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The Child's Control of his Kindred in View of Geographical Mobility and its Effects

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image of International Journal of Comparative Sociology
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In the effort to discover what, if any, effect the dispersion of children's near relatives had on their conception of the composition of their family, we set ninety-eight boys and girls between the ages of five and thirteen the task of naming and identifying their parents' siblings and their spouses and then looked at the accuracy of these answers in terms of present location of these persons. Speaking generally, it is apparently clear that geographic distance improves only the likelihood of the older child's remembering his aunts and uncles, and may have an inverse effect on the younger boys especially. These boys are the most "childish," in their answers; that is to say, the most often wrong. The younger girls present a pattern of responses more like the older boys than like the older girls, whose answers are nearly perfectly adult.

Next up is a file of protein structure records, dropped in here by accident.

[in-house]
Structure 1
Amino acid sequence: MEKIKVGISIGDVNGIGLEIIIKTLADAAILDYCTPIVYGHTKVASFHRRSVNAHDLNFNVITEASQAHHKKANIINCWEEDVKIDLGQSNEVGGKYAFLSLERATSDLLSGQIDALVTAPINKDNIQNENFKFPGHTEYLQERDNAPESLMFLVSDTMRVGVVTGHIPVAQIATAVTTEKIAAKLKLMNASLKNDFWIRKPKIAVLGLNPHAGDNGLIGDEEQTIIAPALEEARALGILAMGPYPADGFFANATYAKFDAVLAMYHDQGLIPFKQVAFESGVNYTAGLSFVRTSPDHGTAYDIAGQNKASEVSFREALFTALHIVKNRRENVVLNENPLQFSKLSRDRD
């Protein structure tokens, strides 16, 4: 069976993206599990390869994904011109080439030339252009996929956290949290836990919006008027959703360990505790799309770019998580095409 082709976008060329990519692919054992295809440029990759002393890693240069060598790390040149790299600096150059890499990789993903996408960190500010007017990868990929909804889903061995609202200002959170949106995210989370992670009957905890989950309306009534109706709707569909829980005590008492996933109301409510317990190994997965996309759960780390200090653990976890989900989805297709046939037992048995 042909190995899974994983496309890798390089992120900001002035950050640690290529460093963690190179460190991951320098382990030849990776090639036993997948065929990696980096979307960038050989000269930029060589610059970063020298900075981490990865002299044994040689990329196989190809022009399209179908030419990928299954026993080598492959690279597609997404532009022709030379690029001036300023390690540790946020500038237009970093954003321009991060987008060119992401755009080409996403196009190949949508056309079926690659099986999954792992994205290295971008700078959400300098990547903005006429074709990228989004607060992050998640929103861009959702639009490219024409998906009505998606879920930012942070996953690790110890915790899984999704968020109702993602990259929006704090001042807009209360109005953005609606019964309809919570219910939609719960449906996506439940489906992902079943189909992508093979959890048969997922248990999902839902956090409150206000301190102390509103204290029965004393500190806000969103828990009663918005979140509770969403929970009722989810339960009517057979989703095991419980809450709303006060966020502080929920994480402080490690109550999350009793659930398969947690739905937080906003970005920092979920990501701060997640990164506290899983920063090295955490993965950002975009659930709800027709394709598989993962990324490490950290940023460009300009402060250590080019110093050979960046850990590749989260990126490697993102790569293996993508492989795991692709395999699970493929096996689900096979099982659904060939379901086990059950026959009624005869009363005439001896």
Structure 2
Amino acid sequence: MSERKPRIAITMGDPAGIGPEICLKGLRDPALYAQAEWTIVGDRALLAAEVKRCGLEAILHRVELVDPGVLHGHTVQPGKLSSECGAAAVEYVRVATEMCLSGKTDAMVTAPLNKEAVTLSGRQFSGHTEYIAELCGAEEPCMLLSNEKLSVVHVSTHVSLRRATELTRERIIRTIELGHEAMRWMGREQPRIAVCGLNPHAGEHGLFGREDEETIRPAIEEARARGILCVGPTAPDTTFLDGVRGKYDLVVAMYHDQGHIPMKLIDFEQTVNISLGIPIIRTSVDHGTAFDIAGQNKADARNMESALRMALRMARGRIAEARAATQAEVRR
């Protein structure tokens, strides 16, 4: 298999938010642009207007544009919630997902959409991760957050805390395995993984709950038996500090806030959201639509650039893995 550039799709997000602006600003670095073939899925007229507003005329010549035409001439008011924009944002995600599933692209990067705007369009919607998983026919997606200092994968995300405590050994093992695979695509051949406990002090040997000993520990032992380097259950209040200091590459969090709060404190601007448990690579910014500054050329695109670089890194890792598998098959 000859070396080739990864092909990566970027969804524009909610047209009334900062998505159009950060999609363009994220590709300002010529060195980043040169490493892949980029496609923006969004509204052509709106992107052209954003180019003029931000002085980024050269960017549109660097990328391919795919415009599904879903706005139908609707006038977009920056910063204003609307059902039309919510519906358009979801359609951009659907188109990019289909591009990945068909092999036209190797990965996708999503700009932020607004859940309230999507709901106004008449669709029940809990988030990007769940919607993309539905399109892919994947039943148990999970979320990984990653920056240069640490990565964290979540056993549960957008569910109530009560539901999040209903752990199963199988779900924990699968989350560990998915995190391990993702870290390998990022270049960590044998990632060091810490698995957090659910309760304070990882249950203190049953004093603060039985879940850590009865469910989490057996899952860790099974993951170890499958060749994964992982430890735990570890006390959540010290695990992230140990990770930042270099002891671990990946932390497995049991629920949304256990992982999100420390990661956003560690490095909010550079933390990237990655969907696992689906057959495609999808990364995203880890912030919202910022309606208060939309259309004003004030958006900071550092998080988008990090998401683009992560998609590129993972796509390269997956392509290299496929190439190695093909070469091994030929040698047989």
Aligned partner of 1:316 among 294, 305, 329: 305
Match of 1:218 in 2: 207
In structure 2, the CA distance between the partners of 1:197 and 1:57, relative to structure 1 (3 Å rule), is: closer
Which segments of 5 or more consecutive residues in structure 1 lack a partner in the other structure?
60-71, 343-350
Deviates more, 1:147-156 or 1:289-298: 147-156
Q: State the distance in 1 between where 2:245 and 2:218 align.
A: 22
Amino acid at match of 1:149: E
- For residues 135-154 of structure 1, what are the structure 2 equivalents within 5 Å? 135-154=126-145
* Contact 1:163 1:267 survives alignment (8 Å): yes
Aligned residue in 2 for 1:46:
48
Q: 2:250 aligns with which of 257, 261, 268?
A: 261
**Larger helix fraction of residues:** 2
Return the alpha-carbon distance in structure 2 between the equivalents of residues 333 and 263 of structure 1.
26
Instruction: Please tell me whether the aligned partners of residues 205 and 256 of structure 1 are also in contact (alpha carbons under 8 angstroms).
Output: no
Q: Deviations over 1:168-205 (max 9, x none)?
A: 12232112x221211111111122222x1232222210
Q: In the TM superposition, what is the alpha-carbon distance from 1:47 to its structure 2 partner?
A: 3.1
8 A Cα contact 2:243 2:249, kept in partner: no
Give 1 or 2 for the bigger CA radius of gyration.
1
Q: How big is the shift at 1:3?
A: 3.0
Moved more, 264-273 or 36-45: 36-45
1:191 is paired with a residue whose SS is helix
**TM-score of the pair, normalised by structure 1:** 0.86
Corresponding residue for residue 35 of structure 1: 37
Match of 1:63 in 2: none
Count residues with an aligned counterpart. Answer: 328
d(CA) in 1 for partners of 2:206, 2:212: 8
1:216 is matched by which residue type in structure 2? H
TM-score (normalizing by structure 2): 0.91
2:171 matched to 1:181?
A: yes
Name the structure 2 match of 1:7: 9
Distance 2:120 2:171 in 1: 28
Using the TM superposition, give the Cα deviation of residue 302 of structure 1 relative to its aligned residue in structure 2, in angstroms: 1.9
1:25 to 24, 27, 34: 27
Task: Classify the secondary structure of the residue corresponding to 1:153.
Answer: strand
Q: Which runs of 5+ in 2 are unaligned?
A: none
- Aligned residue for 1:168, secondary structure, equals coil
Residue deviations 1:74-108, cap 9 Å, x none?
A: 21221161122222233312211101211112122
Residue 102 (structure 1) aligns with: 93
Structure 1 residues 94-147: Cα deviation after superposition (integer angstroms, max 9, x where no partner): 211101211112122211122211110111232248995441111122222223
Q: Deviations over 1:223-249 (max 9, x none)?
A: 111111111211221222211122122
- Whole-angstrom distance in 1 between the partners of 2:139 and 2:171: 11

Affiliations: 1: Fels Research Institute, Antioch College, Yellow Springs, Ohio, U.S.A.


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